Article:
Sadly, almost 100 years later, we still live in a violent, war-ravaged, and divided world. Violent conflict is a significant cause of injustice, poverty, and suffering. Included in the costs of war are the direct victims and shattered lives, the attention and resources devoted to military machinery that would be better diverted to alleviating other human needs, and the continuing suffering of war survivors and veterans, even among the “victors.
The Female Disciple
by Nathan Brown
“If your church were to close, would your community miss it? Would your community even notice it is gone?” Like many preachers before me, I have asked these rhetorical questions as part of talking about our connection with, and contributions to, the communities in which we worship, serve, and seek to engage. When I ask such questions, I have a particular Bible story in mind.
As the church began to spread—as Jesus predicted—“in Jerusalem, throughout Judea, in Samaria, and to the ends of the earth” (Acts 1:8, NLT*), new believers took up the faith and ministry of Jesus. Among these was Dorcas—also known as Tabitha—in the coastal town of Joppa. Her life work is summarized beautifully, albeit briefly, in the Bible: “She was always doing kind things for others and helping the poor” (Acts 9:36).
Such was her ministry that the description of Dorcas as a “disciple” (see Acts 9:36) is the one time this term is used to describe a woman in the New Testament. Ellen White commented: “She was a worthy disciple of Jesus, and her life was filled with acts of kindness” (The Acts of the Apostles, p. 131). Dorcas’ faithfulness, energy, and focus on others was recognized even beyond her home town, and, through the re-telling of this Bible story even today, far beyond anywhere she could have imagined.
Her fellow disciple, Peter, was visiting the nearby town of Lydda, and the believers in Joppa asked him to come in response to Dorcas’ untimely death. On his arrival, Peter was met by many of the people Dorcas had helped through her work for the poor. They showed him the clothes she had made, and undoubtedly told him many stories of how she had helped them and others. She and her ministry were not only remembered, her work was missed and she was mourned.
As recipients of Dorcas’ kindness and service, these people were drawn together in their grief in response to her death. But they were also drawn toward the Source of her work and the Power that could change all their lives. When God performed a miracle through Peter, widows and those who were poor were the first to witness His power and goodness.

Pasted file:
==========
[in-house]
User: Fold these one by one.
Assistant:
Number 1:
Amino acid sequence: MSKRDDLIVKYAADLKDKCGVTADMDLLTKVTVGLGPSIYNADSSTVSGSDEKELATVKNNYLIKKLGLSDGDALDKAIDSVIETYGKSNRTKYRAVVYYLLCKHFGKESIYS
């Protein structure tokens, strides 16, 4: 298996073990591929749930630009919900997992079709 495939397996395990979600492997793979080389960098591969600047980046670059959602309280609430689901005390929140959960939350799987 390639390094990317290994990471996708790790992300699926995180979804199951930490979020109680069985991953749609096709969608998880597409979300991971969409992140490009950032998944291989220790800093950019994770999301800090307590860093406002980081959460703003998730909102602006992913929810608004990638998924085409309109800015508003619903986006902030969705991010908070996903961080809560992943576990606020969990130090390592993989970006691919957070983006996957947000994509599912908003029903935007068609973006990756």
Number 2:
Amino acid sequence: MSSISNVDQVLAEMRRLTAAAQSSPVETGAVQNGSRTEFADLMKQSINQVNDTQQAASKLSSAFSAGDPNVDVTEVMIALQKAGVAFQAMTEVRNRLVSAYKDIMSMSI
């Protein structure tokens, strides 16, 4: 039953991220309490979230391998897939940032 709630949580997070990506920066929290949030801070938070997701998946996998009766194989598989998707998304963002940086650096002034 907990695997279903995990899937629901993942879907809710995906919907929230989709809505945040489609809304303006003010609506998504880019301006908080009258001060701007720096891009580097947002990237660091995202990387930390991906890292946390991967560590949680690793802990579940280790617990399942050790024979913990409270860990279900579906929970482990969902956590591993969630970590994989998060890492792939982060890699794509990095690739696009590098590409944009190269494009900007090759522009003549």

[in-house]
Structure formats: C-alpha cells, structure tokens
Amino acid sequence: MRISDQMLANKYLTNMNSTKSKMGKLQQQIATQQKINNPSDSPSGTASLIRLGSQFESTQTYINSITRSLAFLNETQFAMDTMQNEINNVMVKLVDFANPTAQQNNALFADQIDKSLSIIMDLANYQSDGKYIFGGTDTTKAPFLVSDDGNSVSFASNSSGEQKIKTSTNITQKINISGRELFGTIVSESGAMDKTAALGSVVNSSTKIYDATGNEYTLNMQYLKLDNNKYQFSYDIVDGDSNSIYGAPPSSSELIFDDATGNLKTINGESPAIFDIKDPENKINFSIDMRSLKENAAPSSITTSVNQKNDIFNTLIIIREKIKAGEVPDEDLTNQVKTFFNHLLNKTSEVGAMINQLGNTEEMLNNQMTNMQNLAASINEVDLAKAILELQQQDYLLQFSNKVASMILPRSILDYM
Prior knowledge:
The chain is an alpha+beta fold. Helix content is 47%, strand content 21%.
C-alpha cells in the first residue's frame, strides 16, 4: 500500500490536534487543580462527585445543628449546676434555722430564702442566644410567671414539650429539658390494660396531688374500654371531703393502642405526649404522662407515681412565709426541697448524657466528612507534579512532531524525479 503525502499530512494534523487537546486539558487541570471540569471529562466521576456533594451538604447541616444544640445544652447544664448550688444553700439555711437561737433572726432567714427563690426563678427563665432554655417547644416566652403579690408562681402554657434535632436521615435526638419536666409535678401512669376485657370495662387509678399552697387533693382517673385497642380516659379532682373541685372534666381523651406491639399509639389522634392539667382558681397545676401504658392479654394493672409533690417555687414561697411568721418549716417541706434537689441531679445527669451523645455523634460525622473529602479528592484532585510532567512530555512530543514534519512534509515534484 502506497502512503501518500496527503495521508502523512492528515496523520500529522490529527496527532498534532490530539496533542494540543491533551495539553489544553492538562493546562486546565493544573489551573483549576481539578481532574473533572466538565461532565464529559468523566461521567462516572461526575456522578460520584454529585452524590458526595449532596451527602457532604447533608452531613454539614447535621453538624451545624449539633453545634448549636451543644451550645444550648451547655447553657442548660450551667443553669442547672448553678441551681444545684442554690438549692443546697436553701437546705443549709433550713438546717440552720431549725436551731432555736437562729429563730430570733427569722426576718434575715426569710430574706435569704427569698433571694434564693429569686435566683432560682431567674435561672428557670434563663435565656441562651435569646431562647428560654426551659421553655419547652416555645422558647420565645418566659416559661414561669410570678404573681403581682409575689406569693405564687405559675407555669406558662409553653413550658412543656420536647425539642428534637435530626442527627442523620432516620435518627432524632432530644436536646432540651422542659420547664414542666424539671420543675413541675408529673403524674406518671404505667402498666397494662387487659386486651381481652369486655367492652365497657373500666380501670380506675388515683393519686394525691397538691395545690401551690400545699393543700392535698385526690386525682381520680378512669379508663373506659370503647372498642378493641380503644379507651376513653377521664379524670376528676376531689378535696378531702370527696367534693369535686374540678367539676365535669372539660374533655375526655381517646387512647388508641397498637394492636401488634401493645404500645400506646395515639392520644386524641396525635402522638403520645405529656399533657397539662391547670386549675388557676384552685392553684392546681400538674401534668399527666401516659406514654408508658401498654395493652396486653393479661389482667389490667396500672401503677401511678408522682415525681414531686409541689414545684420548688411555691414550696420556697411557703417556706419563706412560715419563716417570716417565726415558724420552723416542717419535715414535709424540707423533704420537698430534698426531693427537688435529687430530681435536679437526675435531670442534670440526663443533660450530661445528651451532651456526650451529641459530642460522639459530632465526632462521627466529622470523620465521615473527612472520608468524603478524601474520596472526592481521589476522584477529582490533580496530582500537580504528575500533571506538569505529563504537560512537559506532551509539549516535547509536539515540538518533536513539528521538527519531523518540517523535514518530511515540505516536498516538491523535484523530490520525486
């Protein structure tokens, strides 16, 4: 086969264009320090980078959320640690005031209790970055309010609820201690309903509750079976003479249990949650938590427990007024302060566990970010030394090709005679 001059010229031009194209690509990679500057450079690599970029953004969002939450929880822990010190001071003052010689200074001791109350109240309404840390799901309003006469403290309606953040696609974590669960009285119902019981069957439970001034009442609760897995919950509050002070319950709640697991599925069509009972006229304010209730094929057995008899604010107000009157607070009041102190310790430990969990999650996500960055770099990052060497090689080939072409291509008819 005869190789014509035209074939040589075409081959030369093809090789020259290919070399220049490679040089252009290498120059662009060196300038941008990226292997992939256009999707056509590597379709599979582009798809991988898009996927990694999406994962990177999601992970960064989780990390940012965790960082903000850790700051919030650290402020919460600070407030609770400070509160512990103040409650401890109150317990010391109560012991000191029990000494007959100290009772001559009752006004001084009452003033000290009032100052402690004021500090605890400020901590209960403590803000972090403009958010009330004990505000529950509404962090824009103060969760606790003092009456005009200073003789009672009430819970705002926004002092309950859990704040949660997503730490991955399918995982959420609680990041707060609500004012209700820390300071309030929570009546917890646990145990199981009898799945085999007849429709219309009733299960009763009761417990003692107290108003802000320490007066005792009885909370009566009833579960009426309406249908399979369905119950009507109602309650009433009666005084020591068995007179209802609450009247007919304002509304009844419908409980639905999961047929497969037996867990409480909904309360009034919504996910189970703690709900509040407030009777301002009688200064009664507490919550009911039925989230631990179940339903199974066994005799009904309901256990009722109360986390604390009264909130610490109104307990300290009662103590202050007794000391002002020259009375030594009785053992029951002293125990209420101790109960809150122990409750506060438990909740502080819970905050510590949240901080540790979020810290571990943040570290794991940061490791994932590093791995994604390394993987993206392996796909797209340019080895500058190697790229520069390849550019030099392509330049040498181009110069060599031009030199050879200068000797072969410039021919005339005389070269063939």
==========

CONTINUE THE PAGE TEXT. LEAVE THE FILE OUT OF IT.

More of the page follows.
Not only were they overjoyed to have Dorcas back among them, they became witnesses to the resurrection power of God. And God used these people to share this news further still, to make a strong impact on the people of Joppa: “The news spread through the whole town, and many believed in the Lord” (Acts 9:42).
Dorcas’ faithful works of service brought people close enough to witness the power of God at work in her life, and this same power sent them out to share what they had received and experienced. It’s an important picture of how God works through us in our local communities, even when we might not expect it.
At a church camp meeting last year, two women responded to my “If your church were to close . . .” questions by coming up to me after I had finished speaking to share their story. They were from a small country town in Western Australia, and they told me how the people of their community had responded when their church building had been badly damaged by fire a few years earlier. Much to their surprise, many members of their community came to help with the clean-up work, explaining that they valued the Adventist church as part of their town.
“We had not realized that people even knew we were there, but the experience has changed the way we think about being part of our town,” they said. “Yes, we would be missed if we were not there. And, by their kindness to us, we were given a different perspective on who we are in our community.”
Those preachers’ questions are worthwhile reflections on the impact our churches have in our respective communities, but might ignore the reality that we are disciples simply by being there and living faithfully (see Jer. 29:4–14). Jesus suggested that His disciples will be surprised at the impact and significance of their service (see Matt. 25:37–40), so we should not underestimate how our presence or contributions might be valued or noticed, or how God can work through us to change lives and communities, even in moments or experiences that might look like defeats.
*Scripture quotations marked NLT are taken from the Holy Bible, New Living Translation, copyright © 1996, 2004, 2007 by Tyndale House Foundation. Used by permission of Tyndale House Publishers, Inc., Carol Stream, Illinois 60188. All rights reserved.
**Scripture quotations marked ESV are from The Holy Bible, English Standard Version, copyright © 2001 by Crossway Bibles, a division of Good News Publishers. Used by permission. All rights reserved.